You are responsible for the police violence directed against students on the UC Davis quad on November 18, 2011. As I said, I am writing to hold you responsible and to demand your immediate resignation on these grounds.
On Wednesday November 16, you issued a letter by email to the campus community. In this letter, you discussed a hate crime which occurred at UC Davis on Sunday November 13. In this letter, you express concern about the safety of our students. You write, “it is particularly disturbing that such an act of intolerance should occur at a time when the campus community is working to create a safe and inviting space for all our students.” You write, “while these are turbulent economic times, as a campus community, we must all be committed to a safe, welcoming environment that advances our efforts to diversity and excellence at UC Davis.”
I will leave it to my colleagues and every reader of this letter to decide what poses a greater threat to “a safe and inviting space for all our students” or “a safe, welcoming environment” at UC Davis: 1) Setting up tents on the quad in solidarity with faculty and students brutalized by police at UC Berkeley? or 2) Sending in riot police to disperse students with batons, pepper-spray, and tear-gas guns, while those students sit peacefully on the ground with their arms linked? Is this what you have in mind when you refer to creating “a safe and inviting space?” Is this what you have in mind when you express commitment to “a safe, welcoming environment?”
I am writing to tell you in no uncertain terms that there must be space for protest on our campus. There must be space for political dissent on our campus. There must be space for civil disobedience on our campus. There must be space for students to assert their right to decide on the form of their protest, their dissent, and their civil disobedience—including the simple act of setting up tents in solidarity with other students who have done so. There must be space for protest and dissent, especially, when the object of protest and dissent is police brutality itself. You may not order police to forcefully disperse student protesters peacefully protesting police brutality. You may not do so. It is not an option available to you as the Chancellor of a UC campus. That is why I am calling for your immediate resignation.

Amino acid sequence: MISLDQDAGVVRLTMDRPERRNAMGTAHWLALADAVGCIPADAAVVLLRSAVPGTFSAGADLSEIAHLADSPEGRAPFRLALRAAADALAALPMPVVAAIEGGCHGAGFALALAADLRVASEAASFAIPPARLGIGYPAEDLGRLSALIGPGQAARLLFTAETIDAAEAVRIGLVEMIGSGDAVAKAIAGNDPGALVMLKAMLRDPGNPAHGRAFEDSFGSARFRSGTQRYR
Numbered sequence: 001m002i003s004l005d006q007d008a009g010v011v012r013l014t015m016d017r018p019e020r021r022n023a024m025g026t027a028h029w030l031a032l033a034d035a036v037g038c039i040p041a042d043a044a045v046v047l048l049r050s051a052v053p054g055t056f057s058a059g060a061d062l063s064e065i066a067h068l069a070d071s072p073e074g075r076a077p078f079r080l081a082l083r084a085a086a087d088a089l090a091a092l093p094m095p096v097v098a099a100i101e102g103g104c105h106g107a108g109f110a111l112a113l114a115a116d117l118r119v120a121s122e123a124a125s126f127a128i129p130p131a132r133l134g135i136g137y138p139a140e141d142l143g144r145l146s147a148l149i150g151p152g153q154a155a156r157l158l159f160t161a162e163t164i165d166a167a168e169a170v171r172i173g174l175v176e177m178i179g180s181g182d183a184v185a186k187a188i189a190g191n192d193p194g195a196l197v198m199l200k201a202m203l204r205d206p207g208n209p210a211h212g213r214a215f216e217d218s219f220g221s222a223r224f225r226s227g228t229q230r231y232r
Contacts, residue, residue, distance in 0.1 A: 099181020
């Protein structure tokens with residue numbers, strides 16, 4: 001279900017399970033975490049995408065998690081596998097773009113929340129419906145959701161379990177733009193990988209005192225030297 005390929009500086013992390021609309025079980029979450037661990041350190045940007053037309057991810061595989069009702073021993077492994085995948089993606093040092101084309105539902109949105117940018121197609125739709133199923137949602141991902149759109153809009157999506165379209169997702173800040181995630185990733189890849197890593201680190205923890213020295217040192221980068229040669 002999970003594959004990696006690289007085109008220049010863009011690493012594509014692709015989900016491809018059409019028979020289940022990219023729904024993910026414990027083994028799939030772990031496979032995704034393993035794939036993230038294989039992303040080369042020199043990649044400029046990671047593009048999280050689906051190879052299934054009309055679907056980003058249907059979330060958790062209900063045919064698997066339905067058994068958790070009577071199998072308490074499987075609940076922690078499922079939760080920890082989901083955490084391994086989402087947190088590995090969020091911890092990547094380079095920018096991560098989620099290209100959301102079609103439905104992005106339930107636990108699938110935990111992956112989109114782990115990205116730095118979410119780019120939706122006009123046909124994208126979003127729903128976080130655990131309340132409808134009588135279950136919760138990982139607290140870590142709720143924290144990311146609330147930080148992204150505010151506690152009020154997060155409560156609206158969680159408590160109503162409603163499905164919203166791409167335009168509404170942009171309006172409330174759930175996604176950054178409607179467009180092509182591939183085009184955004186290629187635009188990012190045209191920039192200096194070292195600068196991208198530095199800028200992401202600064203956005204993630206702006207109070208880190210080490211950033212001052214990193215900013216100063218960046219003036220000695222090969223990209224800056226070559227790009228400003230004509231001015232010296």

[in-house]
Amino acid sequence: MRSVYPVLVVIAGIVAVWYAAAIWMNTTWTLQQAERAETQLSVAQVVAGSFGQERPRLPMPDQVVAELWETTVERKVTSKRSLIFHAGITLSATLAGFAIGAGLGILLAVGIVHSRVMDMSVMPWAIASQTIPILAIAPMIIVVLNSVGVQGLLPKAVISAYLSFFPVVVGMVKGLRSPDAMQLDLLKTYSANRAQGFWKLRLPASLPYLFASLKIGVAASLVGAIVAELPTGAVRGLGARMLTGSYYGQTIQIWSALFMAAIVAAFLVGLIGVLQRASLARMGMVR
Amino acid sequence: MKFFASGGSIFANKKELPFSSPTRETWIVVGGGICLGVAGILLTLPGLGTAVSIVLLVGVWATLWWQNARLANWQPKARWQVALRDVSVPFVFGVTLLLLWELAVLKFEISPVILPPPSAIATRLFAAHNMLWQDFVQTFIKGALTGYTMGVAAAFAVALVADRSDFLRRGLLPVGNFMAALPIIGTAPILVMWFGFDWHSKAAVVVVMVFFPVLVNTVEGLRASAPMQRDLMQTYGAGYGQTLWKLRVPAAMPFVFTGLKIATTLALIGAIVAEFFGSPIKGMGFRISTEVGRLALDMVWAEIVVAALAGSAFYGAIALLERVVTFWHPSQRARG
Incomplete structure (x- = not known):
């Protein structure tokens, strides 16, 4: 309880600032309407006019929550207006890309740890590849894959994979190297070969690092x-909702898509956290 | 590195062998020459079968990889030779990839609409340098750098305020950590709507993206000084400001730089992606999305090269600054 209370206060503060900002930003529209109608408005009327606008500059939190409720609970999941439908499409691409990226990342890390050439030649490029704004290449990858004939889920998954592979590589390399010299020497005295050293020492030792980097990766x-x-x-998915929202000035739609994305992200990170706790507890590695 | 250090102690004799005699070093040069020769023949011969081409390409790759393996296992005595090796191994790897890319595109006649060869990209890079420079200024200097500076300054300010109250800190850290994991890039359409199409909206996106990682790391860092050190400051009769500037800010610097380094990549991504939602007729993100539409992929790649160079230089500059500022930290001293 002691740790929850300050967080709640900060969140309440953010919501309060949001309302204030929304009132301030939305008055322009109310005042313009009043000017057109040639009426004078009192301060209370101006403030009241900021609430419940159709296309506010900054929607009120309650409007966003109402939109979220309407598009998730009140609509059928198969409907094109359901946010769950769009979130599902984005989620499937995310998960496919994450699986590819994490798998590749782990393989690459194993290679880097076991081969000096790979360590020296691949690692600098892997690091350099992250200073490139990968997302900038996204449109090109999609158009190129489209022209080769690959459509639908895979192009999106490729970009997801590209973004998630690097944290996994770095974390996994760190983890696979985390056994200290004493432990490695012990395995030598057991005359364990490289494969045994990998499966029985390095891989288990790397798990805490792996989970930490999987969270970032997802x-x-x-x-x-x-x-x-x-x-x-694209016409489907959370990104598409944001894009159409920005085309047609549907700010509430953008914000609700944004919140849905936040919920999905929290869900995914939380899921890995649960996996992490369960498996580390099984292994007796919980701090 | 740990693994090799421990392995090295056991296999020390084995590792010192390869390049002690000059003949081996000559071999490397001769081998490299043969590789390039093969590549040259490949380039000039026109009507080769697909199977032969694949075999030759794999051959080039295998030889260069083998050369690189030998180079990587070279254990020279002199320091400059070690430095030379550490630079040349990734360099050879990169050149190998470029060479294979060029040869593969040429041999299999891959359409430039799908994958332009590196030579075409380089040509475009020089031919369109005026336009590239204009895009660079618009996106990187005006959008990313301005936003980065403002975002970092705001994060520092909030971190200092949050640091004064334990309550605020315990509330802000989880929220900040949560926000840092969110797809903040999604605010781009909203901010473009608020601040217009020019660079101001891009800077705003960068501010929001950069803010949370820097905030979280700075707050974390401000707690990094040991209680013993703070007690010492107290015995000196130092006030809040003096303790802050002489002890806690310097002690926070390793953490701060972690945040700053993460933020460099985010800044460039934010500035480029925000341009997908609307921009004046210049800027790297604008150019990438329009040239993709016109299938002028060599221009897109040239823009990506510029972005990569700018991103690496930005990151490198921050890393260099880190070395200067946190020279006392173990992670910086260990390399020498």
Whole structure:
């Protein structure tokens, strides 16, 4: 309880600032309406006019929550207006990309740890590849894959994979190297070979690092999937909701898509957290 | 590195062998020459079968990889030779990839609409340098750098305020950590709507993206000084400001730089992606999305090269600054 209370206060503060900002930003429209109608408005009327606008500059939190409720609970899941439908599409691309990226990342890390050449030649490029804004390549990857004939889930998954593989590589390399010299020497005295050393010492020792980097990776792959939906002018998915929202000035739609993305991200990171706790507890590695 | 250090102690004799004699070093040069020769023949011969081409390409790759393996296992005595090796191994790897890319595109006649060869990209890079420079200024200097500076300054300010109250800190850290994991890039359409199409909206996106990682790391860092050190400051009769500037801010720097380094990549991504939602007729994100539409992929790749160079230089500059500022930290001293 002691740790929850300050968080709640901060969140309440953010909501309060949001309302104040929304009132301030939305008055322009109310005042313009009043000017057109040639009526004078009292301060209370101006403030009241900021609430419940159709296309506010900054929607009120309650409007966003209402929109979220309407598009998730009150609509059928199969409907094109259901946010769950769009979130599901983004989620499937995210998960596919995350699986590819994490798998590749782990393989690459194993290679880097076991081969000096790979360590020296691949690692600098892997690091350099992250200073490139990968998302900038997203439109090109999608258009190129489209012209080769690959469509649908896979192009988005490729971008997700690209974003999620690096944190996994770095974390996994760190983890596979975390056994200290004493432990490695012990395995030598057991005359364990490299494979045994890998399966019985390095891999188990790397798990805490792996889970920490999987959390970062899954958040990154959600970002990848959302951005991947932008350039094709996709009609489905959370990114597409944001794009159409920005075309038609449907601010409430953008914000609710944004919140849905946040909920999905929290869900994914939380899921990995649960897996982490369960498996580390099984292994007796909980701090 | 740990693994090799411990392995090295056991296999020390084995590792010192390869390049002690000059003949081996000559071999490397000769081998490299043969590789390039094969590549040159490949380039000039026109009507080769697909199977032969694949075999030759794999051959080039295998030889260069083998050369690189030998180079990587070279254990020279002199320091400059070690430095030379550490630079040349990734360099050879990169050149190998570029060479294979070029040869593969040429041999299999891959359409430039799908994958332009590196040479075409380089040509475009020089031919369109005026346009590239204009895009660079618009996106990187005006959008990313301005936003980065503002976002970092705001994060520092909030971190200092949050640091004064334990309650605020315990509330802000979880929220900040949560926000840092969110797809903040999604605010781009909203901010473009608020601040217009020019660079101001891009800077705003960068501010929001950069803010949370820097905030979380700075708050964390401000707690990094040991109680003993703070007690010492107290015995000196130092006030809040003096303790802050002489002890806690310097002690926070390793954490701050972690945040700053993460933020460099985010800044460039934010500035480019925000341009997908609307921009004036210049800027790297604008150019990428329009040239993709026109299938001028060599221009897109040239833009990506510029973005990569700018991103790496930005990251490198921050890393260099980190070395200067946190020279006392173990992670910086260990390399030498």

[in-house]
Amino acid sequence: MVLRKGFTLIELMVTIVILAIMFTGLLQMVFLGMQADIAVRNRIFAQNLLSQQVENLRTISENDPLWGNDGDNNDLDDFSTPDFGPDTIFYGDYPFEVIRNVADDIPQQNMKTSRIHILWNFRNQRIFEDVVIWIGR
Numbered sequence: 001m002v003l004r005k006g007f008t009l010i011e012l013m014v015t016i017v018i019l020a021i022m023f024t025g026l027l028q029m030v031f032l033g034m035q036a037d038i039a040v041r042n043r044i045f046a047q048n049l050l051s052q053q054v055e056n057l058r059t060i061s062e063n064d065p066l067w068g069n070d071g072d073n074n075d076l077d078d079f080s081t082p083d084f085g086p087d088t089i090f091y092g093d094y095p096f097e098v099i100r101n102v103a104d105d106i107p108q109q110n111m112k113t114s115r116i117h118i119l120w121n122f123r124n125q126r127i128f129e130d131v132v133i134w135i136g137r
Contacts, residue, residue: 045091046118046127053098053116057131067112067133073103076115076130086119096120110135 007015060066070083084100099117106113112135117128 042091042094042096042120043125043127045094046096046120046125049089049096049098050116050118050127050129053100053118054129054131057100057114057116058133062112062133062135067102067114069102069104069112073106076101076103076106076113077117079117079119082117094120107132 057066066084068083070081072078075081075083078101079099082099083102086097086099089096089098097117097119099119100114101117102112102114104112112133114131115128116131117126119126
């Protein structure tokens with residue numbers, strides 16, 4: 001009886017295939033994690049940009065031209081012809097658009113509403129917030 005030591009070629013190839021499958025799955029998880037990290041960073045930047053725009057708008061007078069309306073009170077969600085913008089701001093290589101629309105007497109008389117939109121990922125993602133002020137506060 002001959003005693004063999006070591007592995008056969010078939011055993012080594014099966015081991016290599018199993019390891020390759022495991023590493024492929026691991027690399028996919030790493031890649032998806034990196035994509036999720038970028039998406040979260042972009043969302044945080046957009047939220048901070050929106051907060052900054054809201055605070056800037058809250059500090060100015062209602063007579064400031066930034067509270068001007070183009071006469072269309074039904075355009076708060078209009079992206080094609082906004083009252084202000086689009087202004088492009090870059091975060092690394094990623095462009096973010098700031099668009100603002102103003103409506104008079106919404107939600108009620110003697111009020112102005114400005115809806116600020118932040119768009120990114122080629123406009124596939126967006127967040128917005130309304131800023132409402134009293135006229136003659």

Your words express concern for the safety of our students. Your actions express no concern whatsoever for the safety of our students. I deduce from this discrepancy that you are not, in fact, concerned about the safety of our students. Your actions directly threaten the safety of our students. And I want you to know that this is clear. It is clear to anyone who reads your campus emails concerning our “Principles of Community” and who also takes the time to inform themselves about your actions. You should bear in mind that when you send emails to the UC Davis community, you address a body of faculty and students who are well trained to see through rhetoric that evinces care for students while implicitly threatening them. I see through your rhetoric very clearly. You also write to a campus community that knows how to speak truth to power. That is what I am doing.
I call for your resignation because you are unfit to do your job. You are unfit to ensure the safety of students at UC Davis. In fact: you are the primary threat to the safety of students at UC Davis. As such, I call upon you to resign immediately.
Nathan Brown Assistant Professor Department of English Program in Critical Theory University of California at Davis
"The police in New York don’t realize that it doesn’t matter to not have journalists on the scene," Damman says, "because everybody is a reporter. What happens last night shows that they don’t get that."
"Most of the content comes from the people on the ground, from the 99%."
The protesters will be allowed to return to Zuccotti Park, where they camped for the past two months, but will have to abide by the park rules — designed to prevent them from setting up a camp again — that included a ban on sleeping bags, tents and the storage of belongings in the space.
The day the Supreme Court gathered behind closed doors to consider the politically divisive question of whether it would hear a challenge to President Obama’s healthcare law, two of its justices, Antonin Scalia and Clarence Thomas, were feted at a dinner sponsored by the law firm that will argue the case before the high court.
When Jerry Sandusky was initially arraigned, as previously reported by Sara Ganim, prosecutors requested $500,000.00 bail and that Sandusky be required to wear a leg monitor. District Judge Leslie Dutchcot, however, ordered that Sandusky be freed on $100,000.00 unsecured bail. She ordered that Sandusky be freed and pay nothing unless he failed to show up for a court hearing.